Police brutality and increase of extremism within police forces in Europe
ARDI Vice-President Peter Pollak says “We cannot point at the others and turn a blind eye when it occurs in the EU. Police brutality and presence of extremism within the law enforcement have no place in Europe”
7 September 2020
More than two years ago, a businessman Mr Jozef Chovanec, a Slovak national was arrested after causing disturbance on a Ryanair flight at Brussels South Charleroi Airport. He was incarcerated in a police cell and died three days later in a hospital. Just recently, media released a footage with shocking images revealing horrendous behaviour of police officers towards Mr Chovanec during his custody. The footage shows Mr Chovanec with a blanket over his head and with his hands and feet tied. One police officer sitting on Chovanec’ rib cage for 18 minutes. Another one laughing. The third one doing the Nazi salute.
This is an outrageous act of police officers´ brutality. An unspeakable inhuman treatment led to death of an innocent person. Such behavior has nothing to do with police mission – to protect and serve citizens. This manifestation of extremism in the officers’ behaviour is deeply worrying and simply not acceptable in any law enforcement agency in any Member State and must be condemned.
Commission on Racism and Intolerance (ECRI) report on Portugal from 2018 includes a whole chapter on police brutality. Is also says that the level of police brutality towards afro-descendants increased in recent years. The same applies to Roma citizens who often suffer injuries during police raid and face inhuman treatment. In France in 2017, a poll about radicalization of vote of security forces showed that they increasingly vote for far-right parties. In Germany, a fresh debate started over the presence of far-right sympathizers inside its security forces too. In an article a German criminologist and police analyst said that “many countries grapple with far-right infiltration of their security forces”.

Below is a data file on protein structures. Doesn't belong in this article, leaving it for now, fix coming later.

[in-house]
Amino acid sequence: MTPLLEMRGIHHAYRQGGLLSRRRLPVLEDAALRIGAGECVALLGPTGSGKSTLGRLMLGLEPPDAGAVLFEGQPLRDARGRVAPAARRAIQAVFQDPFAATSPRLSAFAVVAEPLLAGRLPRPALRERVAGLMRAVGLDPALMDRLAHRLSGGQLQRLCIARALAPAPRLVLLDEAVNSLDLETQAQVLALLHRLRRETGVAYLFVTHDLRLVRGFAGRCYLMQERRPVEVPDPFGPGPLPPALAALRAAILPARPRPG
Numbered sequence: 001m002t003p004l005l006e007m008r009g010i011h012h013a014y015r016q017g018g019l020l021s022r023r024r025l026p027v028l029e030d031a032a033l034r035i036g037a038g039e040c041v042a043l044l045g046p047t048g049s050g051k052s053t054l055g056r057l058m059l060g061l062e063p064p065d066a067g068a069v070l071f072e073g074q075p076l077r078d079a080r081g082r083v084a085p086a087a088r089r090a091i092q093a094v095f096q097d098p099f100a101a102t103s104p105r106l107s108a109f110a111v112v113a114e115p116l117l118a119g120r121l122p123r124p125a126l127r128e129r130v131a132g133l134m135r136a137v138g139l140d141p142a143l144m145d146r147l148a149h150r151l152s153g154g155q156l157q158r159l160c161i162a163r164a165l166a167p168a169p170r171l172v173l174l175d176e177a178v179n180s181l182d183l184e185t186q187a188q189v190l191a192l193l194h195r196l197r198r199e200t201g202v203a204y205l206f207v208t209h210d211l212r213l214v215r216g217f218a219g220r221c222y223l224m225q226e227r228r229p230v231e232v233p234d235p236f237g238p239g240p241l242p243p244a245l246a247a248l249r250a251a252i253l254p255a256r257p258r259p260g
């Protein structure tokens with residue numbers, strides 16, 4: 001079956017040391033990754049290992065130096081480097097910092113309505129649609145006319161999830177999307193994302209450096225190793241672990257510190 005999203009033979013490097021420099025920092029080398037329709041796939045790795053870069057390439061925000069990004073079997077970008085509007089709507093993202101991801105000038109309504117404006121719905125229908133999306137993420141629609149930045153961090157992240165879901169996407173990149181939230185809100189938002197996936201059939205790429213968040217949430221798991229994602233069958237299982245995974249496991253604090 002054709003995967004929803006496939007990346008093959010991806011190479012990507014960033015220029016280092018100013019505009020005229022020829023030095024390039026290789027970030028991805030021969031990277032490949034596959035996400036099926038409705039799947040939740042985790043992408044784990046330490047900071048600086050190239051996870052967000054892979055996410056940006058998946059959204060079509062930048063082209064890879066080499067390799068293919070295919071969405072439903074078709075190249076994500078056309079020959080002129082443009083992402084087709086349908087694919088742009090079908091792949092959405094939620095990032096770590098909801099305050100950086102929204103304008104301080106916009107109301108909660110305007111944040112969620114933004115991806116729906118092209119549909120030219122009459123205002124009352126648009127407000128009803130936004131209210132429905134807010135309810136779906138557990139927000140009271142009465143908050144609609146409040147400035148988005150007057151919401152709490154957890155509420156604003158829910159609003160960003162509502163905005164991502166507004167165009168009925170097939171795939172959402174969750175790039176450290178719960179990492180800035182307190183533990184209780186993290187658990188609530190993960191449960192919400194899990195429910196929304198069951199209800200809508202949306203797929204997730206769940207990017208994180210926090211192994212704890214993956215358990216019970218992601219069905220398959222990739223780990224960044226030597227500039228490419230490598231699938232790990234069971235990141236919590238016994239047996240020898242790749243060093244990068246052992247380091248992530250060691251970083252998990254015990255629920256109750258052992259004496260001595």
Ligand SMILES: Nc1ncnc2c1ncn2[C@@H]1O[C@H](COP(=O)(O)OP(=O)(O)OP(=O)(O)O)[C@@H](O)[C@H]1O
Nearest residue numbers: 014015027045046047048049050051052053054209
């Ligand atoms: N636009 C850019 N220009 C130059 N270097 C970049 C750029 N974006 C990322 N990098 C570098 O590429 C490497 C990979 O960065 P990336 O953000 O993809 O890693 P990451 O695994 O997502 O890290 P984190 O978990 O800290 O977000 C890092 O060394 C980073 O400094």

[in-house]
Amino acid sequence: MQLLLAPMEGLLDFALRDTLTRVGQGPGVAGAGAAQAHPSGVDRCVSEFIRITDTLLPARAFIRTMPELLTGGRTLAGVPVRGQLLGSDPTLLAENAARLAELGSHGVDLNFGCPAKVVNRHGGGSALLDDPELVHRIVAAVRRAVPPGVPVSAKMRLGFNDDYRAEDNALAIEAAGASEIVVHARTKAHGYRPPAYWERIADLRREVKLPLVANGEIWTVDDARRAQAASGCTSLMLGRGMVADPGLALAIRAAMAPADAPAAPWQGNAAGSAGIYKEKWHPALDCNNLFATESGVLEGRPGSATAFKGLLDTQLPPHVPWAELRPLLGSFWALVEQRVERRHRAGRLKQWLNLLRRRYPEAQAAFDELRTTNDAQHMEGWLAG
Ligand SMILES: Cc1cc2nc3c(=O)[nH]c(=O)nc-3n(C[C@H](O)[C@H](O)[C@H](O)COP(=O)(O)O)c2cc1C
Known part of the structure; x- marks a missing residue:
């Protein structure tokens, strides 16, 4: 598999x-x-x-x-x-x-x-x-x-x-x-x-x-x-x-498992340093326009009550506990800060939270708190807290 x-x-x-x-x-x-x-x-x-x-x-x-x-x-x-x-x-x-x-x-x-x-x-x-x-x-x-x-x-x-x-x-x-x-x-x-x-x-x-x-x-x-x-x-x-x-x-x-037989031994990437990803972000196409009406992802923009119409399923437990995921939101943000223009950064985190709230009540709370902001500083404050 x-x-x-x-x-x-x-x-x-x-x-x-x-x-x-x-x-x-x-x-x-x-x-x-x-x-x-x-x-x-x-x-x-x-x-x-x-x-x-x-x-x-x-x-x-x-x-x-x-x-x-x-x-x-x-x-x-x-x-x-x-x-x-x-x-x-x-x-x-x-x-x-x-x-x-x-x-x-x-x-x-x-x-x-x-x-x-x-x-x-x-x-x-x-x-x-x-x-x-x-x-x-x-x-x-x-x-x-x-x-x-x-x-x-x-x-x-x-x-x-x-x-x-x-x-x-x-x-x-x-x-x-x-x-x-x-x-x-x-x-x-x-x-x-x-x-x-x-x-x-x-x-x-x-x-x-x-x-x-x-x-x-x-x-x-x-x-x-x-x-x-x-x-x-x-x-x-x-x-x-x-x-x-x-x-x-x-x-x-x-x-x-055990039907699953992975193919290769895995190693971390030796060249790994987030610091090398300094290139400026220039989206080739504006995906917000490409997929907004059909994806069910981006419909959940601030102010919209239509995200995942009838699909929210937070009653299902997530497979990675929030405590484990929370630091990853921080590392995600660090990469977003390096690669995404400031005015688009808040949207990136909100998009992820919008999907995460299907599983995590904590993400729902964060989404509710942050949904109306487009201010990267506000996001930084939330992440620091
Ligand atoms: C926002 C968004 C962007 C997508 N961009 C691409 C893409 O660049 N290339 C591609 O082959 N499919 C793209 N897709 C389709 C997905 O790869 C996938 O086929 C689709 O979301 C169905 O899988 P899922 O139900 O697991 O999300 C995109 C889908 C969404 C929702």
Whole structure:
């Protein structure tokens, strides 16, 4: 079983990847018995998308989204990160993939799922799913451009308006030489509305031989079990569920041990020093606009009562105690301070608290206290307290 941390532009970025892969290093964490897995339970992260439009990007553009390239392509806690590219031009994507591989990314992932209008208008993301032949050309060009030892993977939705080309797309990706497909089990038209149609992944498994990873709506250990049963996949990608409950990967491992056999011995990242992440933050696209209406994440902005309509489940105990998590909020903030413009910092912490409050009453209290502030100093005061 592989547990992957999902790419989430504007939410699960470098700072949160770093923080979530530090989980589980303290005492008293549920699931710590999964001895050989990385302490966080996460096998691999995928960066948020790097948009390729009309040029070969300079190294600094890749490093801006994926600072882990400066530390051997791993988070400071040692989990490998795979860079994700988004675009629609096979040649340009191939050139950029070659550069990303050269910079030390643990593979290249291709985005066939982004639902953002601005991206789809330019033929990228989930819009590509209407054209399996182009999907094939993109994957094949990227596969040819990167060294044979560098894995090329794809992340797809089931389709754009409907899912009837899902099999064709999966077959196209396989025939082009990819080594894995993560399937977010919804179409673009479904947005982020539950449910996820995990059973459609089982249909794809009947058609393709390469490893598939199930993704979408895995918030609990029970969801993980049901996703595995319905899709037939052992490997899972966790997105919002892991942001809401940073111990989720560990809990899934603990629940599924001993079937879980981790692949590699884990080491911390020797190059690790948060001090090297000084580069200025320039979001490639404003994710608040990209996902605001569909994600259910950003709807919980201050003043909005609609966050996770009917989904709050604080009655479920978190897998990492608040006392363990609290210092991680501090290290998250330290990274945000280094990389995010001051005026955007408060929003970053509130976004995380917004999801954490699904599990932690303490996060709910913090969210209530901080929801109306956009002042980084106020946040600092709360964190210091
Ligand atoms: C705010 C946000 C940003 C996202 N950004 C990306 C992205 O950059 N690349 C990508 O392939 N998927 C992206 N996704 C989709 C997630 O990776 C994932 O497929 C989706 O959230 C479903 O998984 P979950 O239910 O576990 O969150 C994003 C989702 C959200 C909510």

“Police brutality and presence of extremism in law enforcement authorities of EU Member States are very serious phenomena which concern all of us and deserve the EU´s greater attention. If left unaddressed, it can turn into something extremely harmful for our societies. It is also an imperative for the EU not to use a double standard and to take a strong and decisive stand when such incidents happen in the EU. We cannot point to the others and turn a blind eye when it occurs in the EU”, said MEP Peter Pollak, Vice President of Anti-Racism and Diversity Intergroup.
The MEPs sent a letter to the President of the European Commission, calling on the Commission to look into how Belgian authorities dealt and are dealing with the investigation of the death of Mr. Chovanec as part of the Commission’s rule-of-law monitoring efforts. They sent a letter to the President of the European Parliament as well, stating that EP cannot tolerate such behavior in a EU Member State while loudly criticizing similar incidents occurring on other continents. A separate letter was also sent to the Chief of Federal Police of Belgium requesting swift and just investigation of the case.
ARDI reminds national authorities in Europe of the European Parliament resolution adopted in June this year following the death of George Floyd who also became a victim of police brutality in the United States. The Resolution calls on accountability of European authorities too, in terms of independent police complaints mechanisms, which “should be established to lead investigations into cases of police misconduct and abuse”. The resolution also underlined that “democratic policing requires that the police be accountable for their actions before the law, the public authorities and the entire public they serve” and that “the key requirement for accountability is the maintenance of effective and efficient oversight instruments”.
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